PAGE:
Rick Santorum Makes White House Bid Official: 'In It To Win'

Rick Santorum, the former U.S. senator from Pennsylvania who has cultivated a following among some social conservatives in his party, said Monday he was officially entering the race for the 2012 Republican presidential nomination.

Santorum never really gave politics watchers any reasons to doubt he would enter the wide open race for the GOP nomination. His interest in the White House has long been known though his resounding 2006 Senate re-election defeat at the hands of Democrat Sen. Bob Casey placed more than a little speed bump in front of those plans.

Before his announcement speech in the western Pennsylvania town of Somerset in the state's coal mining region, Santorum told George Stephanopoulos on ABC News' Good Morning America that he perceived a path to the nomination.

"In the early primary states we have a lot of momentum and we're very excited about it."

"... What people are looking for is somebody who has stood by their principles in good times and bad. In 2006, by everybody's estimation, was a pretty bad time for a Republican and particularly for a conservatives, particularly in states like Pennsylvania. And I stood up and I didn't back away. I didn't back down on trying to reform the Social Security system..."

The Social Security point was noteworthy because Santorum used it to suggest he has a boldness even greater than Rep. Paul Ryan (R-WI) when it comes to reforming entitlements. Ryan, chair of the House Budget Committee, is associated with a controversial and unpopular plan to essentially privatize Medicare.

Social Security is viewed by many Americans as even more sacrosanct so Santorum's point was that if conservatives were impressed by Ryan, they should be even more impressed by him.

Santorum chose the western Pennsylvania town of Somerset in an old coal mining region for his announcement because it was near a mine where his Italian grandfather worked after immigrating to the U.S.

As Stephanopoulos noted, Santorum has done well in early tests of his popularity with the party's base, winning straw polls in New Hampshire and South Carolina.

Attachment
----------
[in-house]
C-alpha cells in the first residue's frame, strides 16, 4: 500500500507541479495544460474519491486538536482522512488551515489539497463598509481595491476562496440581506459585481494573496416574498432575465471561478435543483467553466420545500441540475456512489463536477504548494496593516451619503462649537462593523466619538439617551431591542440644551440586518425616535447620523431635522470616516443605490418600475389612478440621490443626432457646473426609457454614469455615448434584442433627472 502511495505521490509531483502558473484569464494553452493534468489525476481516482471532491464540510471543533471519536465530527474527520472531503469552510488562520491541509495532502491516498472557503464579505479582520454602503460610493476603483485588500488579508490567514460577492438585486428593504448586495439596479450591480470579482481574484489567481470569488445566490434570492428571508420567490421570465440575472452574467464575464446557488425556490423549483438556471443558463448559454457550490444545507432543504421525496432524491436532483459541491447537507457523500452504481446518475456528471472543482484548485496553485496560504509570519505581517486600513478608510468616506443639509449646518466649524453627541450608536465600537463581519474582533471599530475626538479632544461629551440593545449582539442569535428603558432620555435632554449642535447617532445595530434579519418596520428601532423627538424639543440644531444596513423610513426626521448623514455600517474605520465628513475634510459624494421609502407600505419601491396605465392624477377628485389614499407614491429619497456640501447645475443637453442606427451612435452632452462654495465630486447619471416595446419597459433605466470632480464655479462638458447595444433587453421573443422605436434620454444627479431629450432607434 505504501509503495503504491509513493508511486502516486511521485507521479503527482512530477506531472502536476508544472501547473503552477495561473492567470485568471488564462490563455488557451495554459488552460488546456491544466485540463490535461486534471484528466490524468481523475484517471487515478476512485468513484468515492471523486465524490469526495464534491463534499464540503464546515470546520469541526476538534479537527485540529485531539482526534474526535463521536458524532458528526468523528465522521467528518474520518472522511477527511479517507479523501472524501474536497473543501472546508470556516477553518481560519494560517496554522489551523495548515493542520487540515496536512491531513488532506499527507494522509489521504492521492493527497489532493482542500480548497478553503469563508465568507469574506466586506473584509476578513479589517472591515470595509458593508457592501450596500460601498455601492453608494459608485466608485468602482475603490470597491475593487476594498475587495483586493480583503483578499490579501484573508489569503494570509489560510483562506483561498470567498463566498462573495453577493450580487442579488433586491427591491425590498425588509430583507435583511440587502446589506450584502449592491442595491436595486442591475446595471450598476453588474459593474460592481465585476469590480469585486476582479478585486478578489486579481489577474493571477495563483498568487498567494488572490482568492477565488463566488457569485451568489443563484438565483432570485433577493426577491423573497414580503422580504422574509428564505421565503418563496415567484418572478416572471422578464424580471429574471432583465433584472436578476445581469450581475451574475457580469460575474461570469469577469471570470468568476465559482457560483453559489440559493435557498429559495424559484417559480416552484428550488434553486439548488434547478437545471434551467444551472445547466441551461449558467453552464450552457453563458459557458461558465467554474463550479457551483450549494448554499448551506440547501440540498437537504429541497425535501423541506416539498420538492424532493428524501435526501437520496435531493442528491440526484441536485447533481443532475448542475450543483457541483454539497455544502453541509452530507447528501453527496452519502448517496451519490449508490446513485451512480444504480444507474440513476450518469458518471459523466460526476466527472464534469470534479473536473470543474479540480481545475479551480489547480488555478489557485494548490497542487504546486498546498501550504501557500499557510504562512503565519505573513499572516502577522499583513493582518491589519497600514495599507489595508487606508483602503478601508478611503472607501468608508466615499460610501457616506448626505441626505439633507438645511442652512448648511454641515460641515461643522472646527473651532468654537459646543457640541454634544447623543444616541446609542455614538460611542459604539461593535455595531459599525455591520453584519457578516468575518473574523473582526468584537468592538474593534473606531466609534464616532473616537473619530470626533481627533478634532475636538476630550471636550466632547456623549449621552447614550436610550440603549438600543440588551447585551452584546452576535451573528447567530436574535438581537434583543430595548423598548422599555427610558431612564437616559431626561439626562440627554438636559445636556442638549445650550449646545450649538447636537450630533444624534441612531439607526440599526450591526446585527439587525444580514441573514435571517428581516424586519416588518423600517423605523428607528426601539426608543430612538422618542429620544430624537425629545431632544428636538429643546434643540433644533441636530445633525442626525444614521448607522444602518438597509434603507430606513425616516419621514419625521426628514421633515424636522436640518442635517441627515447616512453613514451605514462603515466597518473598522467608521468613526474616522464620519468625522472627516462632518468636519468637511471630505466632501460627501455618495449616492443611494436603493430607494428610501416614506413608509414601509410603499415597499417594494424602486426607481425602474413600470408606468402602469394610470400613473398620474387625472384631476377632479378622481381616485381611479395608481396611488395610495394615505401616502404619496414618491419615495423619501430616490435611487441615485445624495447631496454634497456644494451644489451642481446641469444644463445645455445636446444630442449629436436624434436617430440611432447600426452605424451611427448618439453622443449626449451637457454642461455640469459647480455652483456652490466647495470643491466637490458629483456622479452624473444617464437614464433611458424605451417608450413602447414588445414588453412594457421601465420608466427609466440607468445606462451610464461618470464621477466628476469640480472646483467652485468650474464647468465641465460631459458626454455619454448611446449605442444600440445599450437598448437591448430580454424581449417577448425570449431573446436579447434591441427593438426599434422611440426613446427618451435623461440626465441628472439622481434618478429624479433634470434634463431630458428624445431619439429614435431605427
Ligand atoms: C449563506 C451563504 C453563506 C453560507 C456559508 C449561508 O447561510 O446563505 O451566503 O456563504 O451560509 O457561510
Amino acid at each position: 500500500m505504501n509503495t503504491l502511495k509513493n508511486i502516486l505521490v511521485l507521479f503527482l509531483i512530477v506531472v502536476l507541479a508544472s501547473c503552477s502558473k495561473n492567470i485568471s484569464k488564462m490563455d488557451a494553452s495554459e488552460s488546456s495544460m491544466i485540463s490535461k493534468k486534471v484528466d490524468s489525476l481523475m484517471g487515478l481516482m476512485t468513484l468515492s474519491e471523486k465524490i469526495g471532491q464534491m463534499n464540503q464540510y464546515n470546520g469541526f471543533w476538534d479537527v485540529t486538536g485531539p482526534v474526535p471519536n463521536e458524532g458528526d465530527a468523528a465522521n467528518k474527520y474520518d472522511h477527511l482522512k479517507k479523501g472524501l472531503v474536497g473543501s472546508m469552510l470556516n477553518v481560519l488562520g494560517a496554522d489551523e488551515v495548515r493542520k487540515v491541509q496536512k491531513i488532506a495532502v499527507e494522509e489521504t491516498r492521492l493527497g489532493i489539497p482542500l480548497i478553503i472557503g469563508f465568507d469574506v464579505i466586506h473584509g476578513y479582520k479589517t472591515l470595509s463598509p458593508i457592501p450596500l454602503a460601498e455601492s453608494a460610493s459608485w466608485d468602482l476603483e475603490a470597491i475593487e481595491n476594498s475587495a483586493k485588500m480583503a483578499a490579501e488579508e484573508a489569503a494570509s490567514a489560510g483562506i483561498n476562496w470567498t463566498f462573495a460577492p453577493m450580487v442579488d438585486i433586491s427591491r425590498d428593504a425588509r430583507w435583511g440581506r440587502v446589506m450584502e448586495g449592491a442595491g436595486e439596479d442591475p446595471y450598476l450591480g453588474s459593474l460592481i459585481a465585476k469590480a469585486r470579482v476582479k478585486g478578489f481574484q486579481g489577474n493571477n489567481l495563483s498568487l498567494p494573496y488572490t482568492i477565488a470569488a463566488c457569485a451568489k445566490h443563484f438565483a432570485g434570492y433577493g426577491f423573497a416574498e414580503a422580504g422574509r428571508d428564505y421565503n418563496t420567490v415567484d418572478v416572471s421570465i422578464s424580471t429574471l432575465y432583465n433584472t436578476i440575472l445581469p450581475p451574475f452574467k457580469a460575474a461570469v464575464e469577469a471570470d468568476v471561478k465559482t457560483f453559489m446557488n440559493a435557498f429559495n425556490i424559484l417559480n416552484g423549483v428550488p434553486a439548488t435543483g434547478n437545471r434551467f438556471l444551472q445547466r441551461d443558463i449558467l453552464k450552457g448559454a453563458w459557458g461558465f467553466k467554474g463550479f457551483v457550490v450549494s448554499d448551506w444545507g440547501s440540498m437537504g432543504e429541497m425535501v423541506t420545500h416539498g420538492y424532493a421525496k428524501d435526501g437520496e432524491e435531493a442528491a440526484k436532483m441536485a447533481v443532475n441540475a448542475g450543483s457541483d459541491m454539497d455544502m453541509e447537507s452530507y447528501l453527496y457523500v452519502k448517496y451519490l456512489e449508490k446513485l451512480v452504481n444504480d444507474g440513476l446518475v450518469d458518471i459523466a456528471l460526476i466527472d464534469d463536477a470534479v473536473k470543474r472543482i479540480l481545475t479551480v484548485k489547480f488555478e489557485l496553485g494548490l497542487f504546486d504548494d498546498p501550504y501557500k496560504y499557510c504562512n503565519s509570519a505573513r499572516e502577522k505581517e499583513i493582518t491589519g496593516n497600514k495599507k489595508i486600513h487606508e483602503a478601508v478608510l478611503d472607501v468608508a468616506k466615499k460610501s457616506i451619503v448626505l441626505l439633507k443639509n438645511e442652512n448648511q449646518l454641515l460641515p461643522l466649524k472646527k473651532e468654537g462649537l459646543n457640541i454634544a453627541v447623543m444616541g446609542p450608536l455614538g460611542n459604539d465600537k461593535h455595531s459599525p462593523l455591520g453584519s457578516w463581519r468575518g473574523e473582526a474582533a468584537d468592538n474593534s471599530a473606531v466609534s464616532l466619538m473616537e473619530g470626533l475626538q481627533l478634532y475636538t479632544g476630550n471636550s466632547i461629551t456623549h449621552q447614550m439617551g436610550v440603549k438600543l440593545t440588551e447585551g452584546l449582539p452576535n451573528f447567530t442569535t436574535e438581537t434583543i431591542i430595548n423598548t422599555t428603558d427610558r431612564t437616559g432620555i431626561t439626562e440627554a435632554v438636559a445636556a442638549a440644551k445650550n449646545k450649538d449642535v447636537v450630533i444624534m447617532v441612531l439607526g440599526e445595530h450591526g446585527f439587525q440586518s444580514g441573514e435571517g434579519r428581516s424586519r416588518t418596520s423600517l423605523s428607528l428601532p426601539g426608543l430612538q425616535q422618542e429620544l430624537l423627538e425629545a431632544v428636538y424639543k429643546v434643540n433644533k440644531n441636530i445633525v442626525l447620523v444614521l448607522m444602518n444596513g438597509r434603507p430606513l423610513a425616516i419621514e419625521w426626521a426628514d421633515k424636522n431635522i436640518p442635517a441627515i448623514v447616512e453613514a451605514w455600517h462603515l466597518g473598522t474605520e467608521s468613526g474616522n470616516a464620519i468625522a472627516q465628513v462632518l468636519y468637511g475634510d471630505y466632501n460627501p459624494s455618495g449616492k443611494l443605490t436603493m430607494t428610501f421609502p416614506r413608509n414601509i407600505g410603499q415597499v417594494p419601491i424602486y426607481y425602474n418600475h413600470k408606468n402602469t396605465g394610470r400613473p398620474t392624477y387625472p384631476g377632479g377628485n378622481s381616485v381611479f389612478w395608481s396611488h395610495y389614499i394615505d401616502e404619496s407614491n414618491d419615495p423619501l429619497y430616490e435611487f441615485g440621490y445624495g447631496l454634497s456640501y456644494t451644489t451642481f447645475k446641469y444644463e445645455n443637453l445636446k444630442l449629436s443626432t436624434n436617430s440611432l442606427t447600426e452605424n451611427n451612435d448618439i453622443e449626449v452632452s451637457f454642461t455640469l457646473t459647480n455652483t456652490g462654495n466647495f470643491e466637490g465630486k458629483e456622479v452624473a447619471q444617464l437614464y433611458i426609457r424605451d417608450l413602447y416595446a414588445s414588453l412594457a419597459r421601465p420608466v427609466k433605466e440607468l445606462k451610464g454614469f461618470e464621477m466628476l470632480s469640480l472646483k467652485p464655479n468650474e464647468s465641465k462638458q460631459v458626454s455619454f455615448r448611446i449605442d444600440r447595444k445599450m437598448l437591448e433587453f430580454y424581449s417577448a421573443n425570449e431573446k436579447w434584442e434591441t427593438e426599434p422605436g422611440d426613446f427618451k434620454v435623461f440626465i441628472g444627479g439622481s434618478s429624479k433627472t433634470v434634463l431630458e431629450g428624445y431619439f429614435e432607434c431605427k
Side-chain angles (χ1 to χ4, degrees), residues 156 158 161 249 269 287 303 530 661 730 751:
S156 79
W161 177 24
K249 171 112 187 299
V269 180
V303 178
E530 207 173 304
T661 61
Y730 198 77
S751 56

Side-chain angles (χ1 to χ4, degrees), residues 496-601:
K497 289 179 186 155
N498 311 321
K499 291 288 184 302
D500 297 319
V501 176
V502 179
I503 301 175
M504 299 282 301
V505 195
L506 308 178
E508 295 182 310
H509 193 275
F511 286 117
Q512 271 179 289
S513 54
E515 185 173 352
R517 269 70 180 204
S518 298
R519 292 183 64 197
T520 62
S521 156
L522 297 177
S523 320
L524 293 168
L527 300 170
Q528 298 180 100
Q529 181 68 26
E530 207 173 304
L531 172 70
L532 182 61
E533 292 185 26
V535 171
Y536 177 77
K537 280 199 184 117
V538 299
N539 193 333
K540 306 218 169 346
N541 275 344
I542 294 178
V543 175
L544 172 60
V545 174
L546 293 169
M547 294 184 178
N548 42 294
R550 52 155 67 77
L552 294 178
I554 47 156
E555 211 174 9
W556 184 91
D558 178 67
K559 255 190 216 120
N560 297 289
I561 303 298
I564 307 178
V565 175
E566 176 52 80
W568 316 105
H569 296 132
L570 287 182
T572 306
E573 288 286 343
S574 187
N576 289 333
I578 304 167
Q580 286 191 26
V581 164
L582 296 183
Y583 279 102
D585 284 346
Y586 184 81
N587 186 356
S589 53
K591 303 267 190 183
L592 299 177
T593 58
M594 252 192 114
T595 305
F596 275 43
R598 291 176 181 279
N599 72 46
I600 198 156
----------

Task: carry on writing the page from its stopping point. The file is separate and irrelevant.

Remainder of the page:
But he likely will have competition for the social conservative vote from Rep. Michele Bachmann (R-Minn.) who is widely expected to run as well as Atlanta businessman and radio talk show host Herman Cain, to name just two.

Also, Santorum is barely registering in the polls, coming in at two percent in a recent Gallup Poll compared with frontrunner Mitt Romney who was at 17 percent. Sarah Palin, who isn't an announced candidate, was at 15 percent.

Because he has been so outspoken on issues such as abortion and gay rights, Santorum is widely reviled by many liberals which no doubt further enhances his appeal with some conservatives.

For instance, in a 2003 Associated Press interview, Santorum made comments in which he clearly placed homosexual relationships in a morally gray area between heterosexual relationships and illegal, immoral and aberrant sexual relations.

He said:

"Every society in the history of man has upheld the institution of marriage as a bond between a man and a woman. Why? Because society is based on one thing: that society is based on the future of the society. And that's what? Children. Monogamous relationships. In every society, the definition of marriage has not ever to my knowledge included homosexuality. That's not to pick on homosexuality. It's not, you know, man on child, man on dog, or whatever the case may be. It is one thing. And when you destroy that you have a dramatic impact on the quality"

To which the AP reporter, Lara Jakes Jordan, uttered one of the most memorable journalistic responses ever to an interviewee's answer:

I'm sorry, I didn't think I was going to talk about "man on dog" with a United States senator, it's sort of freaking me out.

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